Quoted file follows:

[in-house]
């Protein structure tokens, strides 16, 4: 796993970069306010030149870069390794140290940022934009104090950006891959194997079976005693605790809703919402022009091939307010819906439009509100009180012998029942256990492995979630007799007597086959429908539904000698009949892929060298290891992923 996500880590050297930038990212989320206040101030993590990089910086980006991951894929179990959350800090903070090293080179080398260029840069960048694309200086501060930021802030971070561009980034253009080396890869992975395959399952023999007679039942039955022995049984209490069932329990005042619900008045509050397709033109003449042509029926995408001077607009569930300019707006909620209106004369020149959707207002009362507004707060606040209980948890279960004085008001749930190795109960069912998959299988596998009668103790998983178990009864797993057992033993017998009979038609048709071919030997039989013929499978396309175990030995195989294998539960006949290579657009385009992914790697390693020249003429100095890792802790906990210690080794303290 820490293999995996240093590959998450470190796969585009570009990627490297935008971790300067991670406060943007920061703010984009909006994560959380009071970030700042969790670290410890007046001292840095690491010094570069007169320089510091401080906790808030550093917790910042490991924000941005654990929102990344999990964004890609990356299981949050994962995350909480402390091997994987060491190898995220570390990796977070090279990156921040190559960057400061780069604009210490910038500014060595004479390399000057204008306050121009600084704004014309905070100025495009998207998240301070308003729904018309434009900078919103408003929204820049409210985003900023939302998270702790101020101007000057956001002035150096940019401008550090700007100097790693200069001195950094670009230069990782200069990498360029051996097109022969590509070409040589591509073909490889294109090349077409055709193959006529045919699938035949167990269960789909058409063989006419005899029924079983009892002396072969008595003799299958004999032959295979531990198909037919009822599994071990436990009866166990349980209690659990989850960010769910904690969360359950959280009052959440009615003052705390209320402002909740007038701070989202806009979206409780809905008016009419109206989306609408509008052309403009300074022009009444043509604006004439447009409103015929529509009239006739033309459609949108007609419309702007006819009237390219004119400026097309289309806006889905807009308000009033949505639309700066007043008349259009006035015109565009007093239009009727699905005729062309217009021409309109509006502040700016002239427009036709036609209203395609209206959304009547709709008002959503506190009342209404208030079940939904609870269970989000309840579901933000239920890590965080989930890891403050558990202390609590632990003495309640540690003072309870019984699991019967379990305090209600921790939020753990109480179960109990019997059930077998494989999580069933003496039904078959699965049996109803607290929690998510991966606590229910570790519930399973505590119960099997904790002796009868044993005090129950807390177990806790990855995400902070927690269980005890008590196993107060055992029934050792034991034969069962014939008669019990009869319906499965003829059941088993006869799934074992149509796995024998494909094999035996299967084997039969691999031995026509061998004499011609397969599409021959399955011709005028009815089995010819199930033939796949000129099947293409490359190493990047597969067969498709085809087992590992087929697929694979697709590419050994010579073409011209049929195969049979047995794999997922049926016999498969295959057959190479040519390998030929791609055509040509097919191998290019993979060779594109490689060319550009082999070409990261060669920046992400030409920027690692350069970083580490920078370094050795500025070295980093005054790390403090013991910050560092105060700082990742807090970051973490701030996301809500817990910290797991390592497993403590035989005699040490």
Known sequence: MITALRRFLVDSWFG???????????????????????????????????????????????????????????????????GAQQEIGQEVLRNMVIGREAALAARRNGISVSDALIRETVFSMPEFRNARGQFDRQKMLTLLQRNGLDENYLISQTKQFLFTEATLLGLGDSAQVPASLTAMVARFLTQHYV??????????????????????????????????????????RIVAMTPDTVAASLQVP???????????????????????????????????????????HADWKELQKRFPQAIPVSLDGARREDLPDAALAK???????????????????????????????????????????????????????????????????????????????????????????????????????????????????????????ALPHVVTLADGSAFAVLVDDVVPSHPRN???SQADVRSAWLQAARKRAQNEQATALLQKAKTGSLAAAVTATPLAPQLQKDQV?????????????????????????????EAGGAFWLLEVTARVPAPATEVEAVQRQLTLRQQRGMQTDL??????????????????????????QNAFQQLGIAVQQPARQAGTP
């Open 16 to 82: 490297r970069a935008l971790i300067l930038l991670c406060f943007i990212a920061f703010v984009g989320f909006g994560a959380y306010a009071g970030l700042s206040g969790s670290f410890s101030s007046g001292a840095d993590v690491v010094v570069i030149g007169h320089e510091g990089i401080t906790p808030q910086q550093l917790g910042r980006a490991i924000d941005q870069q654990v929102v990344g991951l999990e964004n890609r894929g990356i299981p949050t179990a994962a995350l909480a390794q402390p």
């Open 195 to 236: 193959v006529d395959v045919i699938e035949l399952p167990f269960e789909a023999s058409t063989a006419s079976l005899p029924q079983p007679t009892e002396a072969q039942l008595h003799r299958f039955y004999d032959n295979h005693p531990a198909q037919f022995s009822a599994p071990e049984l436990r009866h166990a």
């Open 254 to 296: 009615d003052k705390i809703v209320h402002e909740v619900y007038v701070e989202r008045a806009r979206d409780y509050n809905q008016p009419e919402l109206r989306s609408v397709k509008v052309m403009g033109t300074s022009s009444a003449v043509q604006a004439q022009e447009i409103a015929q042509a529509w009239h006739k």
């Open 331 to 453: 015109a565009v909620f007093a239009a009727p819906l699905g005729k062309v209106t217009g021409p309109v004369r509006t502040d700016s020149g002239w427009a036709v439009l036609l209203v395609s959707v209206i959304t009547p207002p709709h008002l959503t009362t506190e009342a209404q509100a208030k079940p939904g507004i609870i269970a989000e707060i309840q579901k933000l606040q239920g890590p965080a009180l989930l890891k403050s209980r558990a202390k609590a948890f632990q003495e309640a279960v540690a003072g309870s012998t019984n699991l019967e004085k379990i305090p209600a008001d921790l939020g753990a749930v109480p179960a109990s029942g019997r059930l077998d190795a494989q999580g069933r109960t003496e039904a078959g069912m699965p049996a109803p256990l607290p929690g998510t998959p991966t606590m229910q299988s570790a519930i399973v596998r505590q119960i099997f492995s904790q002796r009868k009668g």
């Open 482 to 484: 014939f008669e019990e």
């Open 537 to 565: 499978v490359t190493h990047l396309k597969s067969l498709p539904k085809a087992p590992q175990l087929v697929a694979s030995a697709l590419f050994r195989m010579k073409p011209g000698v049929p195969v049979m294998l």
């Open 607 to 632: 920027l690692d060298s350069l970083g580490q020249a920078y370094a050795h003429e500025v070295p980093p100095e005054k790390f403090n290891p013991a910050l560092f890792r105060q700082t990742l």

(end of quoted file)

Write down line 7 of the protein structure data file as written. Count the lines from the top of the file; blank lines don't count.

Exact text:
């Open 331 to 453: 015109a565009v909620f007093a239009a009727p819906l699905g005729k062309v209106t217009g021409p309109v004369r509006t502040d700016s020149g002239w427009a036709v439009l036609l209203v395609s959707v209206i959304t009547p207002p709709h008002l959503t009362t506190e009342a209404q509100a208030k079940p939904g507004i609870i269970a989000e707060i309840q579901k933000l606040q239920g890590p965080a009180l989930l890891k403050s209980r558990a202390k609590a948890f632990q003495e309640a279960v540690a003072g309870s012998t019984n699991l019967e004085k379990i305090p209600a008001d921790l939020g753990a749930v109480p179960a109990s029942g019997r059930l077998d190795a494989q999580g069933r109960t003496e039904a078959g069912m699965p049996a109803p256990l607290p929690g998510t998959p991966t606590m229910q299988s570790a519930i399973v596998r505590q119960i099997f492995s904790q002796r009868k009668g």